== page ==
111 and soot

Discussion in 'Fettling Forum' started by JP2, Mar 5, 2019.

  1. JP2

    JP2 Subscriber

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    hi all
    Last August I did receive my first Optimus 111 with the idea that I was going to make a new one with it. So before to open it I did a try to know more about my new stove that has been store for 50 years.

    Not to bad after all
    IMG_20180817_205525.jpg

    Then I did order 2 full kits to fettle my news baby. Meanwhile I did open up the stove and wash everything including inside the burner raise with 30 min citric acid, a bath.
    So far so good
    3 days ago, I could not hold my self to try my stove even if it was -22 c outside. I wanted to know if it was true they could work well at low temperatures. So I did bring my stove outside and 2 hrs later !!!???!!!! A good prime
    Here we go
    IMG_20190227_181504.jpg
    Super, as you can see everything go well but I don't like the hot spot.

    NOW, This morning I have decided to fire up the stove inside to boil some water and make some final adjustments and then I have discovered a build up of black soot on its pans support plus some on the base case and nothing under the pot I was using to boils water. Moreover the soot is dry and the flame seem to be ok and the jet is not plugged. One more thing, I did not see any black smoke. ???!!?? And now the burner is all black of soot too.
    See yourself
    IMG_20190304_080824.jpg
    Question- .Is it possible that that soot or carbon come front the inside the burner (now) warm by small pieces after 2 clean up and rince and now I should do a heat & whench?
    If yes, how do you do a heat & wrench on a regulator burner as the 111? I could not find any indication today except an ink that say it is a bit different. Any Idea?
    Thank in advance for your help.
     
  2. Tony Press

    Tony Press Australia Subscriber

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    @JP2

    1. What fuel are you using in the 111?

    2. What fuel are you priming the stove with?

    3. What is the distance between the top of the burner and the pot?

    Try this before you do anything else: clean all the soot off the external components of the stove and pot, and boil again.

    Also: I get the “hot spot” on the pot rest. It’s best to run with a pot on.

    Cheers

    Tony
     
  3. JP2

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    1- Kero
    2- Alcohol
    3- I IMG_20190304_210330.jpg

    Thank Tony
     
  4. Tony Press

    Tony Press Australia Subscriber

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    Ok. Clean and start another boil and see if the soot reappears.

    Tony
     
  5. Tron

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    Can you even burn kerosene without soot? I have never had that kind of success. My pots and kettles are clean and free of soot, but there is always a little soot on the stove and the burner. I think the 111 is worse than my old "discus" stoves in this respect, the "discus" burners seem to keep reasonably clean.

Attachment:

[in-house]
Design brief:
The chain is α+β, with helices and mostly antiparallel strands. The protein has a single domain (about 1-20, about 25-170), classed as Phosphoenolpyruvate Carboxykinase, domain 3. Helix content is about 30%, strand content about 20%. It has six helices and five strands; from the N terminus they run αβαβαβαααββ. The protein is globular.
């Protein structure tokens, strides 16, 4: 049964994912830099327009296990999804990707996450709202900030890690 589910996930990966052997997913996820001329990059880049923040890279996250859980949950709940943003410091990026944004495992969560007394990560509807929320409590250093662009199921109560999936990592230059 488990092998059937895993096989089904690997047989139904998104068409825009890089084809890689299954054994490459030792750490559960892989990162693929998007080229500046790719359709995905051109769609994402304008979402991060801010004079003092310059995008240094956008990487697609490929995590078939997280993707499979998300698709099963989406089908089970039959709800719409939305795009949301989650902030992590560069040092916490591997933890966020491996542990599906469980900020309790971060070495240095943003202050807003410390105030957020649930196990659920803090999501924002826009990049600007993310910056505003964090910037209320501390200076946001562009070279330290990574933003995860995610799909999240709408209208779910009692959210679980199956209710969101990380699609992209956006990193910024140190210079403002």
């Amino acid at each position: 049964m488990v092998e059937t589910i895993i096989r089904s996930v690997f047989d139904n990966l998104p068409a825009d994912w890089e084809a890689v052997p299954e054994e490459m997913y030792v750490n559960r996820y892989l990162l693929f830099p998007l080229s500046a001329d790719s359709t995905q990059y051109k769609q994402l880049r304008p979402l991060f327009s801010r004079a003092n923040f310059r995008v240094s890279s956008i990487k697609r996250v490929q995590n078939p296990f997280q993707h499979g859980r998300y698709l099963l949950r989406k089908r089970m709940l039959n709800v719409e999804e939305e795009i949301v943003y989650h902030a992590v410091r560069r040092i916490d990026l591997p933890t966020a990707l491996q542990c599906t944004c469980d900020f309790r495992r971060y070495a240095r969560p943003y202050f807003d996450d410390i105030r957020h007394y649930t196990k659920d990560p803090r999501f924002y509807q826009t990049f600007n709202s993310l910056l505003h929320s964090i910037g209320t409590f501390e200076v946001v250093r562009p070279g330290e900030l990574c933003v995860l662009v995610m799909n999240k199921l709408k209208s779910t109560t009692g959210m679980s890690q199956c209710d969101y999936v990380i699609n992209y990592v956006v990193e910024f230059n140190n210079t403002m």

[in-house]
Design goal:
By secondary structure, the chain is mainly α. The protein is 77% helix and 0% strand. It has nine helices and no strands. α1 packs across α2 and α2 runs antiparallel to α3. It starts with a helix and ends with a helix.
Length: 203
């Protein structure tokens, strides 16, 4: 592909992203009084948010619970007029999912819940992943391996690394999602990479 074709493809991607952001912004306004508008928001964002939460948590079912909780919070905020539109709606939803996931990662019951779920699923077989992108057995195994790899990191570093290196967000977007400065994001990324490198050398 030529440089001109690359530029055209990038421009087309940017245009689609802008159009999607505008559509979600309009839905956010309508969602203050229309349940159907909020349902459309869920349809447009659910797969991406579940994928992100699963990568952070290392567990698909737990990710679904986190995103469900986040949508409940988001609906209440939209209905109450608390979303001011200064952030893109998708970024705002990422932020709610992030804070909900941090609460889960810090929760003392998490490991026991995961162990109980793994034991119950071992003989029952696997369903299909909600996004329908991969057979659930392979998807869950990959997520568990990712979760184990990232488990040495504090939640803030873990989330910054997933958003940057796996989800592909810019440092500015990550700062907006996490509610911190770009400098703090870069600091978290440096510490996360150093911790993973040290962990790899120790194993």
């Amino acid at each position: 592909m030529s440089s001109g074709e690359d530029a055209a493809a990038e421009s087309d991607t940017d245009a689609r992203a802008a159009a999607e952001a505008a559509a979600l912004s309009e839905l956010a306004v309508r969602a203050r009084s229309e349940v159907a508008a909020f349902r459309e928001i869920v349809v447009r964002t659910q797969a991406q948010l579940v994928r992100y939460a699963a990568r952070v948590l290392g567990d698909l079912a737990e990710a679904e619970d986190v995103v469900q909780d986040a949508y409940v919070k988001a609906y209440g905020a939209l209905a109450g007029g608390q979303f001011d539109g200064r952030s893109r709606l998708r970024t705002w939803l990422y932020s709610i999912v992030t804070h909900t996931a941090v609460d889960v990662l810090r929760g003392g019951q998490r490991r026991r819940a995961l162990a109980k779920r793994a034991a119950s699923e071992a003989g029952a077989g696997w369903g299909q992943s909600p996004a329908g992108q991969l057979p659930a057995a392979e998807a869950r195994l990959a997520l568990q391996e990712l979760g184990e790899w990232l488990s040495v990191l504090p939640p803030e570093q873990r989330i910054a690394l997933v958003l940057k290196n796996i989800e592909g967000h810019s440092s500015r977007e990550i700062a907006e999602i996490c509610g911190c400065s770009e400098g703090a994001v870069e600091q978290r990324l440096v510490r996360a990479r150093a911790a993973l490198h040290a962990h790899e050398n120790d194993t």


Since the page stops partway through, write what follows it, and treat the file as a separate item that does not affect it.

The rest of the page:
Tron
     
  6. threedots New Zealand

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    Hello @JP2.
    Your stove looks to be burning well with no obvious signs of an over rich flame and/or a vapour leak from the regulating spindle. Those are the usual things to look for first.

    Soot on the burner could be the result of the first firing since you gave it a "bath". You may have residues burning off the burner that were left behind after you had cleaned the burner.

    Water in your preheating alcohol can cause burner sooting as well. Also when you preheat in cold damp air, that can cause sooting while preheating.
    As @Tony Press suggests, give it a brush down and dry tissue wipe to to clean up the burner and try again.

    An other possibility can be -Because the water you are going to boil is very cold to begin with, there could be condensation(water) running down and under the pot that can cause carbon build up under the pot and on the pot supports until the pot surface gets hotter than the surrounding air.

    Hot spots on the pot support comes from the flame nearest to it and is normal and nothing to worry about. Putting a pot on top does help to disperse the heat.

    Cheers, John
     
  7. Radler Switzerland

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    At stoves with pot supports, which are crossing the gas stream under the pot, some soot is quite normal. The pot support creates a gas-turbulence which disturbs the burning process.
    A local lack of oxygen makes soot (C = carbon) instead carbon dioxide (CO2).

    This is the reason, why pot supports usually are made radial to the jet.

    Regards
    Radler
     
  8. Simes

    Simes Subscriber

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    Agree, always get sooty supports. As described they are in the incomplete burn front so will collect carbon.
     
  9. JP2

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    Update
    Yesterday I did try to fire up my 111 and it was a no-go. Nipple plugged and dirt.
    Today, I have had time to open it and did 5 head @ quench plus a hit @nock
    IMG_20190306_183330.jpg
    Second pic , I did it again and got noting on the hit & nock
    IMG_20190306_191024.jpg

    So I think that the first Time I wash the burner, I should have go with heat & quench but because the burner may be difficult to get and never did it before, I went for the easiest and sure way.
    Good thing about it is , I Did it today and know for sure that it is clean now. Yes

    I will fire up my stove tomorrow and let you know the results.
    Thank you for your input.
     
  10. JP2

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    Hi, let you know that today I did fire up my 111 without any problem. It has been easier to get it started and less noisy too.
    Thank again